Editor’s note: The following is a 1974 interview with Mrs. John Buck published in the Courier-Herald in 1974.
Question: Well, now, tell us about your uncle, Mr. Tom Smith?
Mrs. Buck: Well, he lived on the farm just south of our farm, but he wasn’t farm minded. He couldn’t care less about it and he worked many years in Seattle in the sheriff’s office.
He was deputy sheriff. In those days, transportation wasn’t very convenient and he would come out to Auburn on the old InterUrban and somebody would meet him or he would be fortunate to get a ride in a buggy with somebody else and he would come home about once a month, but my aunt and the family lived on the farm until about 1910 and then they moved to town, they bought a home in town, but her oldest son, my cousin Will, lived on the farm until – oh, I guess about five years ago it was that he moved to town.
They finally sold the farm and moved to town. But all those years he farmed it for the family and it was, I think, about the time that they moved to town was when my uncle came to Enumclaw and started a real estate business with a brother-in-law of his and then he eventually was the town marshal, and he was the town marshal!
Nobody could ever take his place.
He might reprimand them, but the next minute he’d have his hand on their shoulder telling them, “I’m telling you this for your own good,” and they really respected the man and I don’t think that ever anybody could take his place, because he held the confidence of the youth and we didn’t have near the vandalism then that we have now. I am not blaming the police, it’s no fault of theirs, but he was a wonderful man.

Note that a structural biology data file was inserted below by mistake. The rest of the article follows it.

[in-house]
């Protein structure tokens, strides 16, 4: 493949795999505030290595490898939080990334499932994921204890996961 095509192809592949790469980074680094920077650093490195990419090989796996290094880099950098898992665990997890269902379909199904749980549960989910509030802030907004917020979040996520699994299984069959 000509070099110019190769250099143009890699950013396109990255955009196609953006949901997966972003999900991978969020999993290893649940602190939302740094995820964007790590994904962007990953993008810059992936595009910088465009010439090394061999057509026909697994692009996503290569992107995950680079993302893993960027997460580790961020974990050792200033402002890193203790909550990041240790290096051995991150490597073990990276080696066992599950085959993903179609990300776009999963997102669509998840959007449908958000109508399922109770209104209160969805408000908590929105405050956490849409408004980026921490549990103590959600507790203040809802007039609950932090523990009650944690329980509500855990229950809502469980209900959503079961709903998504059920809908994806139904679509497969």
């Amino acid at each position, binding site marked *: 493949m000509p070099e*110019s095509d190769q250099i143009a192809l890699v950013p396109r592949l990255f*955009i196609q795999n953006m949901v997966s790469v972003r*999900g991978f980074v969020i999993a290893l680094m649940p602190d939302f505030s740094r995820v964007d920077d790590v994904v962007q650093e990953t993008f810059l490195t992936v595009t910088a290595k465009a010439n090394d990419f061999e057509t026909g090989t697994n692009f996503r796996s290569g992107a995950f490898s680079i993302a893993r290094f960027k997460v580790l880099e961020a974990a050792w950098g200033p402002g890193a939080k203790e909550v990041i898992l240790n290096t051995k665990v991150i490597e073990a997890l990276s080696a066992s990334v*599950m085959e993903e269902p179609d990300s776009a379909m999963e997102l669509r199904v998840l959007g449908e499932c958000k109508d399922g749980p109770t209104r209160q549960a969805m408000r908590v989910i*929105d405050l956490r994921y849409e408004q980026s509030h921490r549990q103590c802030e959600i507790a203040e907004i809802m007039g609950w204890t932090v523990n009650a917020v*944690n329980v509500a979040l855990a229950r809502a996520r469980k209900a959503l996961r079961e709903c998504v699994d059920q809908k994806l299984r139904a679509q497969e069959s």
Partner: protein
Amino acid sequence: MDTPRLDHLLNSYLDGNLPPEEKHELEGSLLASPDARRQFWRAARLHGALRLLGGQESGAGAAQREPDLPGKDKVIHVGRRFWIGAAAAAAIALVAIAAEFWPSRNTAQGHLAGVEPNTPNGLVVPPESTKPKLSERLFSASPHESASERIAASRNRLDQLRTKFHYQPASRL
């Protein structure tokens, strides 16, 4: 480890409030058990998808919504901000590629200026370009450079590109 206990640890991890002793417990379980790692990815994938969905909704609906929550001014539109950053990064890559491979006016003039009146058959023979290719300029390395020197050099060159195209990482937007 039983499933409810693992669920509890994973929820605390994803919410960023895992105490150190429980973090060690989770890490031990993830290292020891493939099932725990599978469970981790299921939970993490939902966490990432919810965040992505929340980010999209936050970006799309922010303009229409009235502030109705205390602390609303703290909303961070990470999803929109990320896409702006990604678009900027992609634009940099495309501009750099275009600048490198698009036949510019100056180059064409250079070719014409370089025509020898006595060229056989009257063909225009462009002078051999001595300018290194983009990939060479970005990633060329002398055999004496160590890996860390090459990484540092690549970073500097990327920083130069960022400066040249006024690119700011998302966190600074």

Question: Can you think of some particular instance that comes to mind?
Mrs. Buck: Well, I really can’t think of any one thing in particular, but I know one thing – that there was never a stranger that came to town that was here very many hours but that he knew who they were and what their business was in the town.
And I remember there was an article in some magazine about there was a bank robbery down in Orting and they had sent word to look out for these men and somebody said, “Well, if he’s in the vicinity, Tom Smith will get him!” And Tom Smith got him! I don’t know how, but he captured the man and different instances like that.
And he was also deputy sheriff. It was nothing for him to go way up in the mountains, you know, on the railroads, and bring somebody in and they always said he was just like the Northwest Mounted – he got his man. And he didn’t do any bragging about it. He was a very gentle man, but he did his duty.
My fond memory of him was how he managed to handle the young people and keep their confidence and yet he kept them in line. And I know one time of someone making a remark in front of the next Police Chief we had, “Well, if Tom Smith was here, that wouldn’t have happened!” And he said, “If I ever hear that again, I am going to throw them in jail! I am tired of hearing it!”
People did respect Tom Smith
An Interview with Mrs. John Buck (Iris Smith), Enumclaw, Washington
February 5, 1974.